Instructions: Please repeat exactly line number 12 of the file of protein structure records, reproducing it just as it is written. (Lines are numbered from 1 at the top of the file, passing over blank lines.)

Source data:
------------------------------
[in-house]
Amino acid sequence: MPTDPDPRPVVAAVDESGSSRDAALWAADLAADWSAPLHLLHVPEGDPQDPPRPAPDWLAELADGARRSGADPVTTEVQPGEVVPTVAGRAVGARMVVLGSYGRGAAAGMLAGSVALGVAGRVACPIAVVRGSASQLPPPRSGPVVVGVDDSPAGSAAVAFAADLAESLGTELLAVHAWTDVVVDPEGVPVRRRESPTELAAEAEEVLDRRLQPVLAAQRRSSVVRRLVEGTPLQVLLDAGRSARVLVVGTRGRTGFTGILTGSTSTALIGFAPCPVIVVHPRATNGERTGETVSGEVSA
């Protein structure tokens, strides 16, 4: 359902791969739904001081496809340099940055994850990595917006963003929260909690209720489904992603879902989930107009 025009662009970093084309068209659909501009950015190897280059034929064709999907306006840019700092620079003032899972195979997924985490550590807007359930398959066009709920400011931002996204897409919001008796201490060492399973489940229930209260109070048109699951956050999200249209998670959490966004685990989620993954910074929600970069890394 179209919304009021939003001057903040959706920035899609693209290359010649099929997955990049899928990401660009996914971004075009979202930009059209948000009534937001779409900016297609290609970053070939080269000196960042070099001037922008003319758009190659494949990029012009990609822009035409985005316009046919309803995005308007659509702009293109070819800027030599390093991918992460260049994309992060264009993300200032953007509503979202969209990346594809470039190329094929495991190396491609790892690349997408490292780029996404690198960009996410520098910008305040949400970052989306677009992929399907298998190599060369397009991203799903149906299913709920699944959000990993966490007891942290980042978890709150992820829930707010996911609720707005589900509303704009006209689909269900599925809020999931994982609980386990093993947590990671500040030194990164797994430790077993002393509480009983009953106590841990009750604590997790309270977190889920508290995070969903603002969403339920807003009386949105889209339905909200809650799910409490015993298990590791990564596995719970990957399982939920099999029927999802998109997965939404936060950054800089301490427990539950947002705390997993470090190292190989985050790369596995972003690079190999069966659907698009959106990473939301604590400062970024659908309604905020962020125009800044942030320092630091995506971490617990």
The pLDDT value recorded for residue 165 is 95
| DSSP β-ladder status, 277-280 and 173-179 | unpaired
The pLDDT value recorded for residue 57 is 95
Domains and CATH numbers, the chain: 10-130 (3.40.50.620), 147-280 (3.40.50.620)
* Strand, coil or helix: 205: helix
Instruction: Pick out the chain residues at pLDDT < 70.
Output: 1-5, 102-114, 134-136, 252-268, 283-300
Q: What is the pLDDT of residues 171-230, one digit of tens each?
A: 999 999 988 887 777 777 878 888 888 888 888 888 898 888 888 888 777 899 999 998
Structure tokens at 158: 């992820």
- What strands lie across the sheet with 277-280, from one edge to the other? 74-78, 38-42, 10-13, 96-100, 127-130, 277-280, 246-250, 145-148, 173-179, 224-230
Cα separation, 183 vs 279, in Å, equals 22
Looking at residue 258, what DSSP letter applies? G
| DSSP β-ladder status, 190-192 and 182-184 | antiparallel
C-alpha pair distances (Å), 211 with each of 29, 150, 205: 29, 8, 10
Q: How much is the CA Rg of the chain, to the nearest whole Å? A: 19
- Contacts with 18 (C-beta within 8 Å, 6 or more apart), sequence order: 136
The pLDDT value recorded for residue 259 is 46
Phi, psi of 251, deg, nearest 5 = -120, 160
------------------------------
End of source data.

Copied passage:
A: 999 999 988 887 777 777 878 888 888 888 888 888 898 888 888 888 777 899 999 998